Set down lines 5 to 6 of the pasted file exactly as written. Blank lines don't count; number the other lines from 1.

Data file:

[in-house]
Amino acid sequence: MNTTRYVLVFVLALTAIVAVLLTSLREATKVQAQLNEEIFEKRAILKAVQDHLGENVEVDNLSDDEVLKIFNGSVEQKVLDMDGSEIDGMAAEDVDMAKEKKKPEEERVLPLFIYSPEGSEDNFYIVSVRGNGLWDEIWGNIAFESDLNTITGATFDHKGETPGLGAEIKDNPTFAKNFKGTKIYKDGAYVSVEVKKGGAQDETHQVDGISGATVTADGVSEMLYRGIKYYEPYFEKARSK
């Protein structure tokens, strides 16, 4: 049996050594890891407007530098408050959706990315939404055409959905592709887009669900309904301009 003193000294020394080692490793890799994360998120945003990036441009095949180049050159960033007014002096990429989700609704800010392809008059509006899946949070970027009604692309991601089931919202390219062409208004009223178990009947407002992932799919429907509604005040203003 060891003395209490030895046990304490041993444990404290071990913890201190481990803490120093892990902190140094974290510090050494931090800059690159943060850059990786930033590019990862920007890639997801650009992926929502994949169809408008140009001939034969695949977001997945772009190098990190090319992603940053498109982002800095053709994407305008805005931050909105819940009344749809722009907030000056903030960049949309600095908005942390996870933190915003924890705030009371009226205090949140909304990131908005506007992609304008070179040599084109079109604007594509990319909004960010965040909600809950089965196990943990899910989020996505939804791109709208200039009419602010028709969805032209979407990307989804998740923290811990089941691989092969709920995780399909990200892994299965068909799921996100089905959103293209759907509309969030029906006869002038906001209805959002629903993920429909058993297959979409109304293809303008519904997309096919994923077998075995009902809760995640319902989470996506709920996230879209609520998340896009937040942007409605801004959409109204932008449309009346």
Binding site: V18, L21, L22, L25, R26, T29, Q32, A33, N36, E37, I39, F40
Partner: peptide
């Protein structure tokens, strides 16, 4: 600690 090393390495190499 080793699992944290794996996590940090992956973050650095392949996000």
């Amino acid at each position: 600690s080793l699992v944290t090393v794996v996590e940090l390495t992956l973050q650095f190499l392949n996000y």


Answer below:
Partner: peptide
């Protein structure tokens, strides 16, 4: 600690 090393390495190499 080793699992944290794996996590940090992956973050650095392949996000």